Paul’s Fantasy Writings today has the honour of an interview with author JT Ellison, who wrote the NYT bestselling noir thriller, Lie To Me, and who has won an Emmy for co-hosting a TV Show. She also has a new novel coming out at the end of the month – Good Girls Lie.
Fairly recently, I spoke with JT via Instagram and she kindly agreed to an interview.
Where do you live and does this place, or anywhere else that you’ve lived, appear in your writings?
I’m in Nashville, and it does feature prominently in my work. I wanted readers to see the Nashville we live and breathe. Yes, there’s country music here, but we are so much more.
You are a prolific writer! You have written well over 20 books, which is a fantastic feat in and of itself. Do you set targets for yourself, words-wise every day? On average, how many words do you write a day?
I do – my goal is to write 1,000 words a day, five days a week. I keep spreadsheets of metrics to make sure I’m staying on track. My annual per day average is 860 or so, right on goal for around 200,000 fiction words a year.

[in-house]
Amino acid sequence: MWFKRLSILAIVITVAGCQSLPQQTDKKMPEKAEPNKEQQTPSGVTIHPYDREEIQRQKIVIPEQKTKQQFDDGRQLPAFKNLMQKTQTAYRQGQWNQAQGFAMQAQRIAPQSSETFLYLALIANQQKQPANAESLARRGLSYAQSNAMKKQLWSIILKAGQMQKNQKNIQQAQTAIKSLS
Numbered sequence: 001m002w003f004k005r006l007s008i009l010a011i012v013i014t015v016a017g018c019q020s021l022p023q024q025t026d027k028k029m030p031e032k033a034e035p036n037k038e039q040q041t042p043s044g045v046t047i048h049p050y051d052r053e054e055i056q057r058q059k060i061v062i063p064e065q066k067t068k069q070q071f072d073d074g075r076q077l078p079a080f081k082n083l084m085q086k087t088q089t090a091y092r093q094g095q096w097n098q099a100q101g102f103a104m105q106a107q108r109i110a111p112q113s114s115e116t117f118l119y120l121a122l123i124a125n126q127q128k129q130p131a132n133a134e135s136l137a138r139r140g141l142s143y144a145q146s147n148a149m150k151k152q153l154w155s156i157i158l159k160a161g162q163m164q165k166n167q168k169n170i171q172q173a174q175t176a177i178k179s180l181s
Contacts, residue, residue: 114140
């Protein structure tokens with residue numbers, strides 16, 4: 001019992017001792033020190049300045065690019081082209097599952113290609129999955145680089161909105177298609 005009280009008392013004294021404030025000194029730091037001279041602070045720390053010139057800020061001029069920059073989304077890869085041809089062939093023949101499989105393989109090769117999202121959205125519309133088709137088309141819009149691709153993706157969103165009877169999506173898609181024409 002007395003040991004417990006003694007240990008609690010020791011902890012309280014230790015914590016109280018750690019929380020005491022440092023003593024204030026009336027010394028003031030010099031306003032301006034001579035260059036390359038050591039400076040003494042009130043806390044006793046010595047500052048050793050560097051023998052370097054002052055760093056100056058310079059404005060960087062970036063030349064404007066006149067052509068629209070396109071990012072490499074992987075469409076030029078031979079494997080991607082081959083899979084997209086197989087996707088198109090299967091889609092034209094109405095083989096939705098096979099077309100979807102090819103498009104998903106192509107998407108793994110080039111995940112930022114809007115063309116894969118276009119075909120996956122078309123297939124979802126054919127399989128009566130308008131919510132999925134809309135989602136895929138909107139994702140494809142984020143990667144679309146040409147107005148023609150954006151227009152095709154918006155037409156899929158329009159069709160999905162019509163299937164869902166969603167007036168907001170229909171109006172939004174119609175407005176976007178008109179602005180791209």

This blogger: That’s a very respectable word count. Your annual average makes me feel better as well, because my word count per day is around 700-words (*smiles*).
You have a new book coming out at the end of the month – Good Girls Lie. What is it about, and what made you write it?
Good Girls Lie is set in the fictional town of Marchburg, Virginia, nestled in the Blue Ridge Mountains. It features an elite, all-girls private boarding school called, The Goode School. Goode attracts only the best, so when an orphan from Oxford, England, arrives on campus, everyone pays attention. Ash Carlisle is quickly drawn into the school’s many traditions, ghost stories, and soon enough, murder. It’s Jane Eyre meets Pretty Little Liars.
I’ve always wanted to write a boarding school mystery; especially, since I went to an all-woman’s boarding college. The story has been banging to get out of me for years.
This blogger: That sounds pretty unique. I’ve watched films like St Trinians and Wild Child, both of which take place in all-girls boarding schools (albeit in England). But I have never come across a film or a book where a murder happens at such a place. That’s pretty cool!